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Changes to British racing’s equine anti-doping rules

The British Horseracing Authority (BHA) on Wednesday confirmed a number of changes to its Equine Anti-Doping Rules which will take effect from next month.

These changes follow a comprehensive review of the sport’s anti-doping Rules announced in 2018, following a number of Disciplinary Panel cases which called into question the assumptions that had been made regarding the Rules and how they should be applied.

It was also felt that a review of these Rules would lead to them being made simpler to understand and follow, whilst ensuring they still protect those who work in, follow or bet on British Racing sufficiently from the threat of doping.
 
The BHA have consulted on both the Rules and associated penalties with directly with trainers and via the National Trainers Federation, with additional input from both the UK and World Anti-Doping Agencies and sports bodies such as the FEI.

Independent legal advice on Rule changes following on from the consultation has been provided by the specialist sports law practice, Northridge LLP.

The main changes to the Rules, which were last updated in 2015, relate to the circumstances in which the Responsible Person may be found in breach of the Rules but not be penalised when a case is heard in front of the independent Disciplinary Panel.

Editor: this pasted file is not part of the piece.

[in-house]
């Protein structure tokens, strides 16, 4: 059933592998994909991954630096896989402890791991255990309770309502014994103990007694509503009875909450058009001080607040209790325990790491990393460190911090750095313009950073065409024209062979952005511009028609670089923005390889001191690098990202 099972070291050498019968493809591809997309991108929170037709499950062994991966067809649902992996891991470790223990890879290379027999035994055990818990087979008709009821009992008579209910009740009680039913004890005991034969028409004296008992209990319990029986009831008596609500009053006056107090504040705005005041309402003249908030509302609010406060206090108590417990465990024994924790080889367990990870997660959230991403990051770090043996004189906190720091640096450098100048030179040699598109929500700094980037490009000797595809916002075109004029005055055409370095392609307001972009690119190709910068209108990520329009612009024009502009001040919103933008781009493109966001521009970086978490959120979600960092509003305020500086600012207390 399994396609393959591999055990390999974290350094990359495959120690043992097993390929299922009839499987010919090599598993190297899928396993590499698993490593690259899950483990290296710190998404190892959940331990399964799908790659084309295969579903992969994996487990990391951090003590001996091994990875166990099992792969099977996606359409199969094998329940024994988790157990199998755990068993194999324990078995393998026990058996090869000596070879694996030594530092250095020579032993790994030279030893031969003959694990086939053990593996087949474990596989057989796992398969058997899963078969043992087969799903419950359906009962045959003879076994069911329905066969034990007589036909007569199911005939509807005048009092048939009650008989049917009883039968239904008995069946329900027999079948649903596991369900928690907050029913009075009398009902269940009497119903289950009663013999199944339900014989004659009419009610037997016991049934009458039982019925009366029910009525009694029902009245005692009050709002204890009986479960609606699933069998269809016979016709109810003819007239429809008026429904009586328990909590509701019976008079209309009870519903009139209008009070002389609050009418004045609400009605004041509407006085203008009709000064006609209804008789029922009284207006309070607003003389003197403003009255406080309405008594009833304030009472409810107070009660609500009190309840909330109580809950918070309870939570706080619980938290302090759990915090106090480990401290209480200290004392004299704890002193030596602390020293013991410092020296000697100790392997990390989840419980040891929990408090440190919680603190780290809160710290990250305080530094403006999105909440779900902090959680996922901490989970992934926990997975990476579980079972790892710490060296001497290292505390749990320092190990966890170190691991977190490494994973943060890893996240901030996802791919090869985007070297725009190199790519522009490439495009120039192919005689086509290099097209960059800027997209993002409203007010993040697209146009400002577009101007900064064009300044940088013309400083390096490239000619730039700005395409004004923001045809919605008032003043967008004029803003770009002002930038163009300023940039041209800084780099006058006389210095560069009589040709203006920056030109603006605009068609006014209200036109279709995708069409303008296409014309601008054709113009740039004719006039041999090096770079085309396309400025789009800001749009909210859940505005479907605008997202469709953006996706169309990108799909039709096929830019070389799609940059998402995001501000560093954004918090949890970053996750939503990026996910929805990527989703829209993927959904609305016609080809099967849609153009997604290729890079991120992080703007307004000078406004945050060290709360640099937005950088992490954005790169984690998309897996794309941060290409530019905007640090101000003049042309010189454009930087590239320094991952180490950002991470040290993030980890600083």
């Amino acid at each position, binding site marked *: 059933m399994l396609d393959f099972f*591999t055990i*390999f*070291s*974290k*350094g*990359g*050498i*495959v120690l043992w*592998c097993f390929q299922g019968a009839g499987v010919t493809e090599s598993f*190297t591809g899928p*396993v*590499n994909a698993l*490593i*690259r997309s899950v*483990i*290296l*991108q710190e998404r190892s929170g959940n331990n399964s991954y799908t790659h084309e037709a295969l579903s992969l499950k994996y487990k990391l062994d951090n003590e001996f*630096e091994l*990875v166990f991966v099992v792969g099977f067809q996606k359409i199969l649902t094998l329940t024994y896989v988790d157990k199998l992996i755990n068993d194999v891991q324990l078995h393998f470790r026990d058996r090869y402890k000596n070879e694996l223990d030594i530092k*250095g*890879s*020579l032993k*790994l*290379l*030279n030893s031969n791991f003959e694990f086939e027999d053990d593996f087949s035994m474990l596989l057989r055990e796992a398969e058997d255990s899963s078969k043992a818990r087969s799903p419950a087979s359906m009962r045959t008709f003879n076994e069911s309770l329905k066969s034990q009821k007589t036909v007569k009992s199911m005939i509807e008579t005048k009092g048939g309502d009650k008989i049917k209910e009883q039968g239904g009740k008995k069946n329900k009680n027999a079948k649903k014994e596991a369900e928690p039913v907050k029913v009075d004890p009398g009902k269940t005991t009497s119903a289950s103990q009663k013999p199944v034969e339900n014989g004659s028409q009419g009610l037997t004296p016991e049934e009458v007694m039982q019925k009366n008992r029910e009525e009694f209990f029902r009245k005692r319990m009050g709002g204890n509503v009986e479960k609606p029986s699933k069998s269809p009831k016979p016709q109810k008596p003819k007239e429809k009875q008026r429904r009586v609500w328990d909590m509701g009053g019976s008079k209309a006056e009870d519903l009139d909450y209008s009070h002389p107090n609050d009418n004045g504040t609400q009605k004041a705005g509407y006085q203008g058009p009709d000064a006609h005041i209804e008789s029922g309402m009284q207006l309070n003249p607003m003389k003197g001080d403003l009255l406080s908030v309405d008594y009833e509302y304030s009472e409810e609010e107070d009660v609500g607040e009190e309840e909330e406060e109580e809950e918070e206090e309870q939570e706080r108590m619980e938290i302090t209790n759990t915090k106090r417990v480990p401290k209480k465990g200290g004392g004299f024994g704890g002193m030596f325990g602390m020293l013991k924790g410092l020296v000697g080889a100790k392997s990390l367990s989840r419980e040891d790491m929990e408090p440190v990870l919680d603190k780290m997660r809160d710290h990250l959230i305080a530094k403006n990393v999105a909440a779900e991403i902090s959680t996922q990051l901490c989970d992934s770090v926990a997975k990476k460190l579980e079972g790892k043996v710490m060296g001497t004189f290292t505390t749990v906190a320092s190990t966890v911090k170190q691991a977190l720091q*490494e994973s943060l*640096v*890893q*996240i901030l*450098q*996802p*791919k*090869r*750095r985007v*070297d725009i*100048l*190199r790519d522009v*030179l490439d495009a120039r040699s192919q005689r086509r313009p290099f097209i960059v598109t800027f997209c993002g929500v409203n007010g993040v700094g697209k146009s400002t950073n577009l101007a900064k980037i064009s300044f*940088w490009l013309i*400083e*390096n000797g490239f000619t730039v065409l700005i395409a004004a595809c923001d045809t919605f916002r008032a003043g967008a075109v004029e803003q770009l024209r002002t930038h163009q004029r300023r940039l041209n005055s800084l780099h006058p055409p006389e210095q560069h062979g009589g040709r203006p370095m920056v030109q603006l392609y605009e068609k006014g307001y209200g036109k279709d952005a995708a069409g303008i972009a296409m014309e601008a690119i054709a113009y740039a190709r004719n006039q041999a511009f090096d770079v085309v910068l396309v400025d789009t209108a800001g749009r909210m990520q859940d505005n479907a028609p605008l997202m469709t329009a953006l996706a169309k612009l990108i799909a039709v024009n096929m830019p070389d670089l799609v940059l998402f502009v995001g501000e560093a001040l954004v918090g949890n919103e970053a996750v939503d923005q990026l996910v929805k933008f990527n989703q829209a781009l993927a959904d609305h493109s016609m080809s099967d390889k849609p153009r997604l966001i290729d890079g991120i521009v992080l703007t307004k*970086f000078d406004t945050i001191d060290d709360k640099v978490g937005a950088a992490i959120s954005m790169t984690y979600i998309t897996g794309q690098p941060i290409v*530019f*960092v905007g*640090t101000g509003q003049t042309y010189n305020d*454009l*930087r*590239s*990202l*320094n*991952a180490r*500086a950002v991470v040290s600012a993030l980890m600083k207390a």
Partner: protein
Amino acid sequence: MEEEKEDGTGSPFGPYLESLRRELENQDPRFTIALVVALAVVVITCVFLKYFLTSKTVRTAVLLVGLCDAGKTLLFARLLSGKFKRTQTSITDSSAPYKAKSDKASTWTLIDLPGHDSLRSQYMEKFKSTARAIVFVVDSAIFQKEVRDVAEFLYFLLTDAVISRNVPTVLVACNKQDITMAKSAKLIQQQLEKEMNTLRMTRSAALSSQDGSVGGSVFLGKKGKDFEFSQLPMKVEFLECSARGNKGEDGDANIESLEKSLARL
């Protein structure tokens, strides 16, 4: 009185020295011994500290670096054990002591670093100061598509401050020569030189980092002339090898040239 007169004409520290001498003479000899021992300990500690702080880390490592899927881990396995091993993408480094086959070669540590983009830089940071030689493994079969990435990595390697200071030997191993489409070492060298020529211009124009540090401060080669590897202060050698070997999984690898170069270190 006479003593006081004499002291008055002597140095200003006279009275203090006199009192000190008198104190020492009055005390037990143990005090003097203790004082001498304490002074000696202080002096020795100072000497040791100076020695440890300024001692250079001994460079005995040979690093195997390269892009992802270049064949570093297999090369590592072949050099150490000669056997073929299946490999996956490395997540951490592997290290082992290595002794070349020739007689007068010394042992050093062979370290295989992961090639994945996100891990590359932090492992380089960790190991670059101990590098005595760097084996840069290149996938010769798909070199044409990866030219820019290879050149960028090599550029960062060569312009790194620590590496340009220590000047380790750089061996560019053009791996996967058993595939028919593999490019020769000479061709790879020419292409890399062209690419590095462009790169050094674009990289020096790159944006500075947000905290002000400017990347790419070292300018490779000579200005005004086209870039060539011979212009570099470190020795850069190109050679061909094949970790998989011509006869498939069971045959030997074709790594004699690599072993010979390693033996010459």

The new Rules do not require any changes to the processes or safeguards put in place by Trainers in their yards.

In summary the changes are:

If a horse tests positive for a prohibited substance, in order to avoid a penalty the responsible person must establish the precise source of the positive finding and that they had taken all reasonable precautions
Cautions are available for lower level breaches
Suspended sanctions are available for breaches
 
Tim Naylor, Director of Integrity and Regulation at the BHA, said: “The culmination of this project has followed consultation with the appropriate parties as well as legal advice in relation to the Rule changes, and it is our hope that we now have a set of equine anti-doping Rules which are clear both for those who enforce them and those who are bound by them.

“We have to ensure that our Rules in relation to anti-doping are sufficiently robust, but also that as much as is possible in such a technical area everyone bound by the Rules understands what is required of them.

“Whilst in places the requirements upon the Responsible Person have been strengthened, there have also been changes to allow more appropriate penalties for lower and mid-level breaches of the Rules.

“We have communicated these changes now ahead of their implementation date next month to allow sufficient time for participants to ask any questions they may have prior to the Rules taking effect."
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